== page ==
Payday, normally a time of anticipation rejoicing, has become a recurring nightmare for thousands in the government's largest single operation - the U.S. Postal Service.

Many employes claim they never know when, how much or even if they will get paid when that magic time, once known affectionately as "Mother's Day" rolls around every two weeks.

At the moment, one of the USPS's biggest delivery problems is getting $450 million each payday to the 650,000 people who help deliver the mail.


A Washington man recently got a U.S. savings bond from the Postal Service. It was supposedly paid for by deductions from his paycheck. The problem: he left the post office more than three years ago.

Many employes complain that they have not seen a regular paycheck since May. Because of "systems problems" they are paid at the office in cash or by voucher or even money order. Anticipating deductions for taxes, insurance and retirement, the Postal Service gives them 70 cents on the dollar.

With 1978 drawing to a close, many workers caught up in payroll snarls are afraid their taxes will be equally fouled up either because of overpayment or underpayments.

Because errors jump when job situations change, many workers say they dread promotions, overtime, merit raises or reassignments to different offices.

Unions complain that they no longer get regular printouts from the Postal Service showing payroll dues deductions.

A supervisory postal organization says that last month all its East Coast members had an extra dollar taken from their checks for dues, although dues have not gone up. They are having a tough time explaining that to members who think an increase was sneaked in on them. (Postal officials say the problem has been straightened out.)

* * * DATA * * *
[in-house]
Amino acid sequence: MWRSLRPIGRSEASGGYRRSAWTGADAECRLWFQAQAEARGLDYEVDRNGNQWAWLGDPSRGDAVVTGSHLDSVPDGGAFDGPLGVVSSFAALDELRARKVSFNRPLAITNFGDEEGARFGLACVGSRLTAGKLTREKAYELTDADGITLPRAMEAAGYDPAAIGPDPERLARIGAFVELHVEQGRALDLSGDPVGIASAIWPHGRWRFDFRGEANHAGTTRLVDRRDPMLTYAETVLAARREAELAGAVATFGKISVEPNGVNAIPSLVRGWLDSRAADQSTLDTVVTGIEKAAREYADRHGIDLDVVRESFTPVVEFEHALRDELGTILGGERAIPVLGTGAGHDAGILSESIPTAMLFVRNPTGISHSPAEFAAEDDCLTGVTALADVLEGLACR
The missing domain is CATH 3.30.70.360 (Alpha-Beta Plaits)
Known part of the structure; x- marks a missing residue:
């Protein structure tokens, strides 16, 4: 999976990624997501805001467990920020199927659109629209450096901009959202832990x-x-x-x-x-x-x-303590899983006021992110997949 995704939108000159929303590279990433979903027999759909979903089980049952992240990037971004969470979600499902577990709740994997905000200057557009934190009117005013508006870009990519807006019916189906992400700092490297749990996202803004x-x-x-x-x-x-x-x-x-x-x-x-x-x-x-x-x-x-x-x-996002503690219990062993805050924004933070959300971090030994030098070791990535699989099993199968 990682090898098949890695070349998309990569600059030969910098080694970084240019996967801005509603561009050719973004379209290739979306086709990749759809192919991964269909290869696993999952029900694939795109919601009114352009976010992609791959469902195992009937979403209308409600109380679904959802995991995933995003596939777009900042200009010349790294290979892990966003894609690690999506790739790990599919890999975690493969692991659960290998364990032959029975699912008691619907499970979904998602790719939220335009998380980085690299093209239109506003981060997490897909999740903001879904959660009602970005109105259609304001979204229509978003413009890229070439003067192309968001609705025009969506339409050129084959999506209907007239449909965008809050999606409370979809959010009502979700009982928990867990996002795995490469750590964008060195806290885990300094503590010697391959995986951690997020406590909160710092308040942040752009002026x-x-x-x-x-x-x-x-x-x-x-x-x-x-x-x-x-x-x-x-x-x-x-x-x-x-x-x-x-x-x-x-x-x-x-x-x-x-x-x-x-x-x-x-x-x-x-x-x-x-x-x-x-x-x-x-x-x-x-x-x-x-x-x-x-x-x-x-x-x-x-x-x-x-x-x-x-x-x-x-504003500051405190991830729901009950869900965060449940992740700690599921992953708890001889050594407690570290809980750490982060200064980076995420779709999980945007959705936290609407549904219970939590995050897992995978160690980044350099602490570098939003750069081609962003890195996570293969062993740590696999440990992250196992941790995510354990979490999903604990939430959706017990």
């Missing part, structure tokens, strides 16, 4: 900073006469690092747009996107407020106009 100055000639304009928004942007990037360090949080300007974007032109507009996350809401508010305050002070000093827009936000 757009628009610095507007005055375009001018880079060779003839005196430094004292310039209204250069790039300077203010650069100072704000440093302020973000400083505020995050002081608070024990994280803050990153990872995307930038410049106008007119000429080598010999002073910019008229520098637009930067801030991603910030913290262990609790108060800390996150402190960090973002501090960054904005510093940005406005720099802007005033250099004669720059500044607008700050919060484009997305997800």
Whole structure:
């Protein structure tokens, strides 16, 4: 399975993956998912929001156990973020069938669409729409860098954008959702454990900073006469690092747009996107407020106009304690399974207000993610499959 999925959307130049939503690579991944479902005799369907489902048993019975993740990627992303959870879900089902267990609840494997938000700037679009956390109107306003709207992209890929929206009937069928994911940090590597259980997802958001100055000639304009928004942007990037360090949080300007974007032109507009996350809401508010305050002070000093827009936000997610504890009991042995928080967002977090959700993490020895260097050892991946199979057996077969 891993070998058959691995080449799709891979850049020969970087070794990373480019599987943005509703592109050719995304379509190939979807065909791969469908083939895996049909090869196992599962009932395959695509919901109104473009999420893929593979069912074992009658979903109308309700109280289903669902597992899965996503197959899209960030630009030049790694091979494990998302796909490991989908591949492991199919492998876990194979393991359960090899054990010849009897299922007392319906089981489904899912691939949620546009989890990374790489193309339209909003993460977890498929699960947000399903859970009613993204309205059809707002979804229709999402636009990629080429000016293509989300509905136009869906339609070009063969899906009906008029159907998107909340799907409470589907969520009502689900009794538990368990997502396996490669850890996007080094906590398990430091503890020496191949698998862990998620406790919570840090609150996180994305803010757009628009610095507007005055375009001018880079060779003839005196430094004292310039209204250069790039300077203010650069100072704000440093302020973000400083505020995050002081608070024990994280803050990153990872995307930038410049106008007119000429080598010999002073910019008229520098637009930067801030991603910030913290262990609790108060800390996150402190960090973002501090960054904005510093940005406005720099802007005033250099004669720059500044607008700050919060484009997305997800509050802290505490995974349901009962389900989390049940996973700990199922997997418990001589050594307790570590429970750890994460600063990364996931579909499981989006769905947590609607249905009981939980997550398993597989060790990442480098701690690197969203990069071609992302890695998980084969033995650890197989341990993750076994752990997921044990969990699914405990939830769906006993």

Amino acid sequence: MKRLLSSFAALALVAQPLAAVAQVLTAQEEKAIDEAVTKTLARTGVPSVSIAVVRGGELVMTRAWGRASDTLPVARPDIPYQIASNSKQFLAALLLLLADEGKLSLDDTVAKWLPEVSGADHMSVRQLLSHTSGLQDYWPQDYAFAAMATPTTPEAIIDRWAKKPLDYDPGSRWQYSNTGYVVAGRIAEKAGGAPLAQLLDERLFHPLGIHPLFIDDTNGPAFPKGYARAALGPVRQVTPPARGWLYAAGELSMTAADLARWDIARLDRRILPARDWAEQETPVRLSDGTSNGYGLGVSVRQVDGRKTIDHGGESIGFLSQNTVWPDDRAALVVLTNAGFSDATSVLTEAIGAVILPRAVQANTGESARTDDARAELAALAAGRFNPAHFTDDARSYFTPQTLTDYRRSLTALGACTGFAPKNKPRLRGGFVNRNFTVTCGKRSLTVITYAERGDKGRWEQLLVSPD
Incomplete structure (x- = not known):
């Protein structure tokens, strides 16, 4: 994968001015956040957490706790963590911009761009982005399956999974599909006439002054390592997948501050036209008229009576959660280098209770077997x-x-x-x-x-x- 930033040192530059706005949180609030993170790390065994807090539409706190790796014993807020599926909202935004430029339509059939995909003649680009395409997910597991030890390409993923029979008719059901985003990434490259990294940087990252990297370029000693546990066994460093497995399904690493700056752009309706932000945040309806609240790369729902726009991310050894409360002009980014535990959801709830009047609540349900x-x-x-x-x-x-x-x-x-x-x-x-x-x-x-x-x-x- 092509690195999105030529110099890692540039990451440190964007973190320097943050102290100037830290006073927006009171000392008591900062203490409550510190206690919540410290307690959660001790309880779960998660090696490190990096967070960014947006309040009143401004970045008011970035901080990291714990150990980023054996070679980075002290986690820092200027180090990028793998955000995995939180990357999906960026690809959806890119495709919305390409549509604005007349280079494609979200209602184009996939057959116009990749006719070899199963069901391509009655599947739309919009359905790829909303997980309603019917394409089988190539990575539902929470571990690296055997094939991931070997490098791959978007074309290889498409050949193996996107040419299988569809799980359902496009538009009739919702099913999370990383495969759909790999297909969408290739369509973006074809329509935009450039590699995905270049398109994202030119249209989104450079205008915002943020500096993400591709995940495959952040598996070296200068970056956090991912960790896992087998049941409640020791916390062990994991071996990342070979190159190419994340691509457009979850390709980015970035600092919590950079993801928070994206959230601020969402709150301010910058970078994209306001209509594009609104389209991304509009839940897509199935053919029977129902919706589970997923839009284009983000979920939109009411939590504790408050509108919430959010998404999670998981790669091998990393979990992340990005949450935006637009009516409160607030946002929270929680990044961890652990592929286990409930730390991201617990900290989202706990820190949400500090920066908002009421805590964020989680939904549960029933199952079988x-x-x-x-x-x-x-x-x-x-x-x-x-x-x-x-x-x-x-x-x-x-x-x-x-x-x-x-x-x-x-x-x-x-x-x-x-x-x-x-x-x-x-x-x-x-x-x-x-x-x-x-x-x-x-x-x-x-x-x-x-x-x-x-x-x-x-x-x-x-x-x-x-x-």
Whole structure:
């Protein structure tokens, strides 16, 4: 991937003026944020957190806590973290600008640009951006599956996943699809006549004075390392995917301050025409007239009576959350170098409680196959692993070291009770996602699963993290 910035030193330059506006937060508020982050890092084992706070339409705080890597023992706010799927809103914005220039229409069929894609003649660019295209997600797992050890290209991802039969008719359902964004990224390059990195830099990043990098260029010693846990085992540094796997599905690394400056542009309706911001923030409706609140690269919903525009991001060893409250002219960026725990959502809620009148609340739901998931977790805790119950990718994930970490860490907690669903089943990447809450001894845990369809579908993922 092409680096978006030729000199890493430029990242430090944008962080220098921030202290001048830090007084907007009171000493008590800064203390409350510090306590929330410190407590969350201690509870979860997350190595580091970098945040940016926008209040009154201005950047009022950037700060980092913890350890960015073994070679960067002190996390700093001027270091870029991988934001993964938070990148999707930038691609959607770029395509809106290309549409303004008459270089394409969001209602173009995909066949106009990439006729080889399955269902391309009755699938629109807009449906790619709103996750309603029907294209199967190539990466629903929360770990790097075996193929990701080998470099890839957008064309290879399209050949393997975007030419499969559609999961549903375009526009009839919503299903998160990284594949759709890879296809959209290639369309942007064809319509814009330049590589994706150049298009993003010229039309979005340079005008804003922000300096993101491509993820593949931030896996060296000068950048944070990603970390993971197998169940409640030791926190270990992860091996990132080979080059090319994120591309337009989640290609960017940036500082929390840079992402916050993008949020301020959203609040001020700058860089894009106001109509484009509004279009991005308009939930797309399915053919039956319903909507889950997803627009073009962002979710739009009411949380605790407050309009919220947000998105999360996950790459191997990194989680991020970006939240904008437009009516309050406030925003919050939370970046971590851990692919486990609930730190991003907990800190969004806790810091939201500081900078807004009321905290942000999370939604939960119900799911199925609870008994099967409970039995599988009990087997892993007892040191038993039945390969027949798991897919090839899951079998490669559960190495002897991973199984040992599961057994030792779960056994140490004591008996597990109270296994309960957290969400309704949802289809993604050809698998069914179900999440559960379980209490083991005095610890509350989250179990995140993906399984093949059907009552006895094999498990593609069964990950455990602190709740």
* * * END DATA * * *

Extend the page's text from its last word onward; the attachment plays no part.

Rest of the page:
The problems are there, postal officials say, but they believe they have been "blown out of proportion" and that many of the horror stories are old or exaggerated.

Last May, to conform to the new Fair Labor Standards Act, the Postal Service changed its payroll system. It involved retraining 28,000 payroll clerks to handle new forms - and double the amount of paperwork required best. So far it is only halfway there, by the new law dealing with job classifications and overtime.

Officials say that the new upsurge in paperwork, new requirements, new forms and the "learning curve" problem in retraining payroll staffers resulted in many new problems up through August. But they claim they are over the hill now.

Postmaster General William Bolger, an up-from-the-ranks employe, has ordered crash programs to resolve current and old payroll problems, hoping to avoid W-2 tax form problems for worker. He has authorized thousands of hours of overtime in payroll centers, and told postmasters to pay employes for work when checks do not come throught.

Officials say they hope to get back to normal within a short time. Even with the new complicated system, they expect the payroll error rate should get back to its old levels early next year.

The goal of the Postal Service is to have not only the world's biggest civilian payroll operation, but also the [WORDS ILLEGIBLE].